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Clymenus is a plant so called, after a certain king.1 It has leaves like those of ivy, numerous branches, and a hollow, jointed stem. The smell of it is powerful, and the seed like that of ivy: it grows in wild and mountainous localities. We shall have to state hereafter, of what maladies it is curative, taken in drink, but it is as well to take the present opportunity of remarking that, while effecting a cure, in the male sex it neutralizes the generative powers.

The Greeks speak2 of this plant as being similar to the plantago in appearance, with a square stem, and a seed in capsules, interlaced like the arms of the polypus. The juice of this plant, too, is used, being possessed of refreshing pro- perties in a very high degree.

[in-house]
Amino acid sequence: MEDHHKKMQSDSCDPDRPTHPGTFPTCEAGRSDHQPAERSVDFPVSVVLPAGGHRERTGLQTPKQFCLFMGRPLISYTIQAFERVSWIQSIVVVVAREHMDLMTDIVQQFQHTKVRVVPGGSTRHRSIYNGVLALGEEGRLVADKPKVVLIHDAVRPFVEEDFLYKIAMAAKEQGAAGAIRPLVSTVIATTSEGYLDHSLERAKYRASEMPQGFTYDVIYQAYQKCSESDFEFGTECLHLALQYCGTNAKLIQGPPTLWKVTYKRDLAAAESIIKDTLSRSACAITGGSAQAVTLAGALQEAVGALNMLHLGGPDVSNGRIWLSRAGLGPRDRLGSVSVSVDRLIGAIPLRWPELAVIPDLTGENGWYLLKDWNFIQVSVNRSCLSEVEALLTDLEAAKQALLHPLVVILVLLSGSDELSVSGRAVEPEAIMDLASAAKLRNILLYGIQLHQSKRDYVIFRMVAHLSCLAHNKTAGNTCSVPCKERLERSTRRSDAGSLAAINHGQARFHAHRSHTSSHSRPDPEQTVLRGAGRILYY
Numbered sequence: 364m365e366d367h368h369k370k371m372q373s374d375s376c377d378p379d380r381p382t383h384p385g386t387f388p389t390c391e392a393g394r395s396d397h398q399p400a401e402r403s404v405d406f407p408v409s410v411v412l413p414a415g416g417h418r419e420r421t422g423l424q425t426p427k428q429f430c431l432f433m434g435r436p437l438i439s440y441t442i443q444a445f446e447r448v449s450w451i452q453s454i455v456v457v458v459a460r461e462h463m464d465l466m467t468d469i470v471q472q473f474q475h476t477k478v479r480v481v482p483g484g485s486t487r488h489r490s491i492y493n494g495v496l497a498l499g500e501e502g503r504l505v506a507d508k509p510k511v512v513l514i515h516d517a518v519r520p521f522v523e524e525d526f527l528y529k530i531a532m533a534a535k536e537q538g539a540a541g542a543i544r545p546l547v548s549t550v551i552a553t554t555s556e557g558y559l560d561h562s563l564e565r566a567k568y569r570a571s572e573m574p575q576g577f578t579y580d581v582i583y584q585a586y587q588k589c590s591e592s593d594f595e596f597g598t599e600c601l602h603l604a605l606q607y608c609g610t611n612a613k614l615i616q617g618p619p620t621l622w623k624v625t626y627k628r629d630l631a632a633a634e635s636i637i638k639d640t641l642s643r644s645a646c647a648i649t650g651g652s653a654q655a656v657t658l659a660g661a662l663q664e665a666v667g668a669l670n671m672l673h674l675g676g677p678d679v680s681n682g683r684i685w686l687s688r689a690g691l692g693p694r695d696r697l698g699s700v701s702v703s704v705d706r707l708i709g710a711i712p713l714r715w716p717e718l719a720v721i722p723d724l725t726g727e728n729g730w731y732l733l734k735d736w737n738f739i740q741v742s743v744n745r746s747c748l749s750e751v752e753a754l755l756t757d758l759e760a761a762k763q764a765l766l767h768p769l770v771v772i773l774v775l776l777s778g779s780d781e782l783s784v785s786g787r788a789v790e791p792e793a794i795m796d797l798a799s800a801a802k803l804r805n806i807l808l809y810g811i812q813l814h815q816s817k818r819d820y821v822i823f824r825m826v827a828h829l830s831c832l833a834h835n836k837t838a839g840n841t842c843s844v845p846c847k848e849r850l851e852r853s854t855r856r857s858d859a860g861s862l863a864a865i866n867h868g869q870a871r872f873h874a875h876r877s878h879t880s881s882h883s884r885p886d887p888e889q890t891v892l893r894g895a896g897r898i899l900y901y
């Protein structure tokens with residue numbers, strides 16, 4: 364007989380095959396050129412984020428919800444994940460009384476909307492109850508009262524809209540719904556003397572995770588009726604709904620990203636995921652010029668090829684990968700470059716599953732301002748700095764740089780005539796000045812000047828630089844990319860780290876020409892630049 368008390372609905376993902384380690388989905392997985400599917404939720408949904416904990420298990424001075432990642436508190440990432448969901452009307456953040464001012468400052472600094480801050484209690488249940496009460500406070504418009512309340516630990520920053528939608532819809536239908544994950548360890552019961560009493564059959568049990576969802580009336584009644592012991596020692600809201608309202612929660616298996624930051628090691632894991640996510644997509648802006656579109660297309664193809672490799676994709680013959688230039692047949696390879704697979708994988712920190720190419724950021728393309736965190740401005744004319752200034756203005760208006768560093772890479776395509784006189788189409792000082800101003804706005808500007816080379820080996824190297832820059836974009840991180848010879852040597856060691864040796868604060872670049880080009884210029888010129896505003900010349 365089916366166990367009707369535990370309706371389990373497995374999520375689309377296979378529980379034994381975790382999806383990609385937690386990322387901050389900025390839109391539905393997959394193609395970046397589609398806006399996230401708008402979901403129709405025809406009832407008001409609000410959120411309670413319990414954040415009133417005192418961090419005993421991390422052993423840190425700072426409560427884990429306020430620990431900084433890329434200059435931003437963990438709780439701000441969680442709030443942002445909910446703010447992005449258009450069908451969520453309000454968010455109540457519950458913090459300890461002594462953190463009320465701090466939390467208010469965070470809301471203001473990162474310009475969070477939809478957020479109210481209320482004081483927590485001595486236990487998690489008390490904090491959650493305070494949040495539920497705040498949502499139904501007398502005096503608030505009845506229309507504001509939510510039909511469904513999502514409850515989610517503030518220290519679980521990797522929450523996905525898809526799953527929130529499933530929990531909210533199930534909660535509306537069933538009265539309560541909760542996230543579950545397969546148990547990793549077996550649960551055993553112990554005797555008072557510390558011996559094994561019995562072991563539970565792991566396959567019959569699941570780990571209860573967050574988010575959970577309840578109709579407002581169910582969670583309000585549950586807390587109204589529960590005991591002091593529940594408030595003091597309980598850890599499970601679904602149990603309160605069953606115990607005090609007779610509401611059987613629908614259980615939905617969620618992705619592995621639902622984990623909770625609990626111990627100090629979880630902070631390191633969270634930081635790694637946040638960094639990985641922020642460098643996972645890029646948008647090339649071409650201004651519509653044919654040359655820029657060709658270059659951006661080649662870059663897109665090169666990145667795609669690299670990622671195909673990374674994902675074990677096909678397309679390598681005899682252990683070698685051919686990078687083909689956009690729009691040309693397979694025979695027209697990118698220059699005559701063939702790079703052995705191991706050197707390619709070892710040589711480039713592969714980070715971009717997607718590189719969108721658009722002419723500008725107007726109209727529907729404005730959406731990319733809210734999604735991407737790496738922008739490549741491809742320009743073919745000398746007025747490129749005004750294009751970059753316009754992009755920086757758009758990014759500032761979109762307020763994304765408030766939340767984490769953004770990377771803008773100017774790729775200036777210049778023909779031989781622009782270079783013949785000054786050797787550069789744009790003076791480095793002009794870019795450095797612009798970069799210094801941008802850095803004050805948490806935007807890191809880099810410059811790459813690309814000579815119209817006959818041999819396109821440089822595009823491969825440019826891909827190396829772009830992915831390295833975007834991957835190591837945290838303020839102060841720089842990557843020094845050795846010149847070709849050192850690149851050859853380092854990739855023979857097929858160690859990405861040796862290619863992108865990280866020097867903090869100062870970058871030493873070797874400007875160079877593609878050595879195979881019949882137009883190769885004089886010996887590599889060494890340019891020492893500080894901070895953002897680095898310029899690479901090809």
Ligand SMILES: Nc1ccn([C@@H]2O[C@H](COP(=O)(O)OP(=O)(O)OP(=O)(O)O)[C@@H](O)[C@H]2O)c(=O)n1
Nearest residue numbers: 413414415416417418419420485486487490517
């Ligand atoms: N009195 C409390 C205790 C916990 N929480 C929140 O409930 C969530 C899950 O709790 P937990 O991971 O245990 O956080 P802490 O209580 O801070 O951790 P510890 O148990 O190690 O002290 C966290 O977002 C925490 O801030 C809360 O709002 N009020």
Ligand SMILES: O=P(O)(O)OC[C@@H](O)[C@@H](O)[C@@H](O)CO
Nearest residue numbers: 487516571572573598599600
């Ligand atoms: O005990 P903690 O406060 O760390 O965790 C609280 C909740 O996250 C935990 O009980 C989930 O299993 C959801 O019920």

1 Son of Cæneus, and king of Arcadia. The plant is identified with the Lonicera periclymenum of Linnæus, our Woodbine or Honeysuckle. Sibthorp identifies the Clymenum of Dioscorides with the Convolvulus sepium of Linnæus, and Sprengel with the Lathyrus clymenum of Linnæus.

2 Possibly the Clymenum of Dioscorides, mentioned in the preceding Note. Littré names the Calendula arvensis, the Field marigold.

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